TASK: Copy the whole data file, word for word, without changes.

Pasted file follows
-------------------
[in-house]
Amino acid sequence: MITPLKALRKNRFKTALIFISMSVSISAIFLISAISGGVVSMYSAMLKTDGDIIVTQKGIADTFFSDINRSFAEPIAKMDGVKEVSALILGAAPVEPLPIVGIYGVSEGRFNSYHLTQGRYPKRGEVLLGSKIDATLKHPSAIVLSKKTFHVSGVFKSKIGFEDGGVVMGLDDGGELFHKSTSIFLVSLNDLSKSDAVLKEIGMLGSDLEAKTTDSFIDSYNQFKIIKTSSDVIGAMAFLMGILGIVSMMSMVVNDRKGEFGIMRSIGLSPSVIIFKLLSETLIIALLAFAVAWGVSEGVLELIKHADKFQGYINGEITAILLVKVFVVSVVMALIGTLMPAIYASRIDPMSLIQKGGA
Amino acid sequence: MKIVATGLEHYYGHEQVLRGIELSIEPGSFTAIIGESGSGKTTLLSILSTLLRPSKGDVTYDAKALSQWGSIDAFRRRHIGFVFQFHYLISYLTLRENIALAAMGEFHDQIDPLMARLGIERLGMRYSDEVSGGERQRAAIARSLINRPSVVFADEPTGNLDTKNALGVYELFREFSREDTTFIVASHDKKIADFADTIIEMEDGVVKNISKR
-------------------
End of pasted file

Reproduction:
[in-house]
Amino acid sequence: MITPLKALRKNRFKTALIFISMSVSISAIFLISAISGGVVSMYSAMLKTDGDIIVTQKGIADTFFSDINRSFAEPIAKMDGVKEVSALILGAAPVEPLPIVGIYGVSEGRFNSYHLTQGRYPKRGEVLLGSKIDATLKHPSAIVLSKKTFHVSGVFKSKIGFEDGGVVMGLDDGGELFHKSTSIFLVSLNDLSKSDAVLKEIGMLGSDLEAKTTDSFIDSYNQFKIIKTSSDVIGAMAFLMGILGIVSMMSMVVNDRKGEFGIMRSIGLSPSVIIFKLLSETLIIALLAFAVAWGVSEGVLELIKHADKFQGYINGEITAILLVKVFVVSVVMALIGTLMPAIYASRIDPMSLIQKGGA
Amino acid sequence: MKIVATGLEHYYGHEQVLRGIELSIEPGSFTAIIGESGSGKTTLLSILSTLLRPSKGDVTYDAKALSQWGSIDAFRRRHIGFVFQFHYLISYLTLRENIALAAMGEFHDQIDPLMARLGIERLGMRYSDEVSGGERQRAAIARSLINRPSVVFADEPTGNLDTKNALGVYELFREFSREDTTFIVASHDKKIADFADTIIEMEDGVVKNISKR